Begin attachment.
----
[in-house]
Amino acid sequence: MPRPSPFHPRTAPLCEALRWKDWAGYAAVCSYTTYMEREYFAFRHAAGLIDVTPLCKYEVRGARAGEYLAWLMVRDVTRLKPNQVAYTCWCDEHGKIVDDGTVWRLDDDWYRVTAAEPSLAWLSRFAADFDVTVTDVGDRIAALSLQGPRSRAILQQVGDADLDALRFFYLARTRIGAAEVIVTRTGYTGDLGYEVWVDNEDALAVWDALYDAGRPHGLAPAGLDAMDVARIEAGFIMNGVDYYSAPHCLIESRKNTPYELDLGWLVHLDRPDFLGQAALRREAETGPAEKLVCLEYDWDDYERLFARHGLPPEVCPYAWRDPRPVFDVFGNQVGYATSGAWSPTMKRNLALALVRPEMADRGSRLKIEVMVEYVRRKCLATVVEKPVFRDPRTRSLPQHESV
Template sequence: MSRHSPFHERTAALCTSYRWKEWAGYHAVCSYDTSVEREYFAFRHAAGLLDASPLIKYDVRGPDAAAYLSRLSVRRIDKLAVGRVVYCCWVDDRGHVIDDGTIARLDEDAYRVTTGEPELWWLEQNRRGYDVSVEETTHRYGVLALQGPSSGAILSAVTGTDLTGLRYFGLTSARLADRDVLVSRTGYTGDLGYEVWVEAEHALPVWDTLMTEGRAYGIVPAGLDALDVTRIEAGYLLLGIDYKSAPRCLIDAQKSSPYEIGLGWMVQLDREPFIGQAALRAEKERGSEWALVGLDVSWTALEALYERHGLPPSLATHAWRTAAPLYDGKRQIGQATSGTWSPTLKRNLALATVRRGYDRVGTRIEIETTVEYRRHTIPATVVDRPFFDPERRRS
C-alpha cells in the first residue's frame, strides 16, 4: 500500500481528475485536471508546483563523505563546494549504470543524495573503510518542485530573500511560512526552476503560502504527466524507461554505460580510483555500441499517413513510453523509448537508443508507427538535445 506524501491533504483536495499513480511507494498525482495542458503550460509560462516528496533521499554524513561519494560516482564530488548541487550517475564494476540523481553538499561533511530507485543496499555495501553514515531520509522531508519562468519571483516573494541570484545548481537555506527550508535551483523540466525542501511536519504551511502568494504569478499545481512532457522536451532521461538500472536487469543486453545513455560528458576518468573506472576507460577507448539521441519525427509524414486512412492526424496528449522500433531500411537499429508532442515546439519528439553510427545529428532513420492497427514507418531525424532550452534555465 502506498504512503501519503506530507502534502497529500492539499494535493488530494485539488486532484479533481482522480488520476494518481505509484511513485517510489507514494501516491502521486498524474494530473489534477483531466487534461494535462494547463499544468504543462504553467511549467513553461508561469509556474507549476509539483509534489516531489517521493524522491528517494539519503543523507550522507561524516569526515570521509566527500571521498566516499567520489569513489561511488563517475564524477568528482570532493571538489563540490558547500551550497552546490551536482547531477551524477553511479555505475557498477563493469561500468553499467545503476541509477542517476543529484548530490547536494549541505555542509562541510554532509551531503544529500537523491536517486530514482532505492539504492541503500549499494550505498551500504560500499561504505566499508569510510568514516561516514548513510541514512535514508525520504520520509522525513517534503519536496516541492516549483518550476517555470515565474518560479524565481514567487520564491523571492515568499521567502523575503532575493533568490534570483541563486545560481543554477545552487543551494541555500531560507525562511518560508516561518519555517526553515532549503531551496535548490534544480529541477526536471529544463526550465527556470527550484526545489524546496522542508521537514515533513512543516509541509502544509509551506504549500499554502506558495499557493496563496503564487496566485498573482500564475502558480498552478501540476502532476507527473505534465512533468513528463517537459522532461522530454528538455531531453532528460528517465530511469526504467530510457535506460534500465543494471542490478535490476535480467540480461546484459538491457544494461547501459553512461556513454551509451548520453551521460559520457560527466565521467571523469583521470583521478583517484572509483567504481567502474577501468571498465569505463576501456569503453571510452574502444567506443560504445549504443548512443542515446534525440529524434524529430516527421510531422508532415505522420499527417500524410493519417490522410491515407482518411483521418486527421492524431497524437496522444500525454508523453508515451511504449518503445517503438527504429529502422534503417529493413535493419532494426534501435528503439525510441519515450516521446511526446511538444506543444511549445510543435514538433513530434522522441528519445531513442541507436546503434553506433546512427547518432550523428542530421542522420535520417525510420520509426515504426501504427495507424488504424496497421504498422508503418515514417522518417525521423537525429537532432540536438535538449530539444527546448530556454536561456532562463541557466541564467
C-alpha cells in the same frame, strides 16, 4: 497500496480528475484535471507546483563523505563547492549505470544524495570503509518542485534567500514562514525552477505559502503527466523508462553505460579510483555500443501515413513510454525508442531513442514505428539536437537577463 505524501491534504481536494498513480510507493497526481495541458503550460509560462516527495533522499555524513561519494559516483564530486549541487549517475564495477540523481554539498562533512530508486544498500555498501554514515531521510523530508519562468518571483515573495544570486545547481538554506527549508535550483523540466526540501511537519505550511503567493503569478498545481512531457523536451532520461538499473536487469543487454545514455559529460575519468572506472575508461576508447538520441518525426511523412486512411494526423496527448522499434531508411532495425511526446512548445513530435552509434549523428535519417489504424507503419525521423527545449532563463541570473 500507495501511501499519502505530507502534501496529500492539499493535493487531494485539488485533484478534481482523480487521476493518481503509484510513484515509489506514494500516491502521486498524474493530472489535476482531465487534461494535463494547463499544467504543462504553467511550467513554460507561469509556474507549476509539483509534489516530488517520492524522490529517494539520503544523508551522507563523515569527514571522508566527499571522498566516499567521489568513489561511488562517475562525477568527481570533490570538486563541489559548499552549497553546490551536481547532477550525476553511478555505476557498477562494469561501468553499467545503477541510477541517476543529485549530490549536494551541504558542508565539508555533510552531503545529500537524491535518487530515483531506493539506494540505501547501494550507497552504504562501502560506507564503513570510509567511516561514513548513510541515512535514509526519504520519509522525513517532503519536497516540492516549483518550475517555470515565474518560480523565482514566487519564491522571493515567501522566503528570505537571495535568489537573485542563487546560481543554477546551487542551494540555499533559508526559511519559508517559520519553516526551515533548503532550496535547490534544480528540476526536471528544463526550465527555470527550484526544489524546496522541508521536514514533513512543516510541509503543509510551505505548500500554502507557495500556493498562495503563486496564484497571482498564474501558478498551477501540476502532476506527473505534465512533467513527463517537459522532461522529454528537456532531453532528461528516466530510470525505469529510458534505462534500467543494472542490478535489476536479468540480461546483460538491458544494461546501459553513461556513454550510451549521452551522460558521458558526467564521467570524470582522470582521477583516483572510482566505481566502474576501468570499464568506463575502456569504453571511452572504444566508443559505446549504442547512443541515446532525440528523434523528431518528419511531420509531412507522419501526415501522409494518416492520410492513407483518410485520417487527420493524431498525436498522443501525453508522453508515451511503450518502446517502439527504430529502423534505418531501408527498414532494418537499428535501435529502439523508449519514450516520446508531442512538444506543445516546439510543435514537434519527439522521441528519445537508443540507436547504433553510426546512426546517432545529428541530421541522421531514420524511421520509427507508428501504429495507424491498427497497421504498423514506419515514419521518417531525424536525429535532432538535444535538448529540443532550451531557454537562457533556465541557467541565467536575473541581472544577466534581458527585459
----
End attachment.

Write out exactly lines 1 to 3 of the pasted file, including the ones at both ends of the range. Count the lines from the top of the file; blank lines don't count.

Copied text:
[in-house]
Amino acid sequence: MPRPSPFHPRTAPLCEALRWKDWAGYAAVCSYTTYMEREYFAFRHAAGLIDVTPLCKYEVRGARAGEYLAWLMVRDVTRLKPNQVAYTCWCDEHGKIVDDGTVWRLDDDWYRVTAAEPSLAWLSRFAADFDVTVTDVGDRIAALSLQGPRSRAILQQVGDADLDALRFFYLARTRIGAAEVIVTRTGYTGDLGYEVWVDNEDALAVWDALYDAGRPHGLAPAGLDAMDVARIEAGFIMNGVDYYSAPHCLIESRKNTPYELDLGWLVHLDRPDFLGQAALRREAETGPAEKLVCLEYDWDDYERLFARHGLPPEVCPYAWRDPRPVFDVFGNQVGYATSGAWSPTMKRNLALALVRPEMADRGSRLKIEVMVEYVRRKCLATVVEKPVFRDPRTRSLPQHESV
Template sequence: MSRHSPFHERTAALCTSYRWKEWAGYHAVCSYDTSVEREYFAFRHAAGLLDASPLIKYDVRGPDAAAYLSRLSVRRIDKLAVGRVVYCCWVDDRGHVIDDGTIARLDEDAYRVTTGEPELWWLEQNRRGYDVSVEETTHRYGVLALQGPSSGAILSAVTGTDLTGLRYFGLTSARLADRDVLVSRTGYTGDLGYEVWVEAEHALPVWDTLMTEGRAYGIVPAGLDALDVTRIEAGYLLLGIDYKSAPRCLIDAQKSSPYEIGLGWMVQLDREPFIGQAALRAEKERGSEWALVGLDVSWTALEALYERHGLPPSLATHAWRTAAPLYDGKRQIGQATSGTWSPTLKRNLALATVRRGYDRVGTRIEIETTVEYRRHTIPATVVDRPFFDPERRRS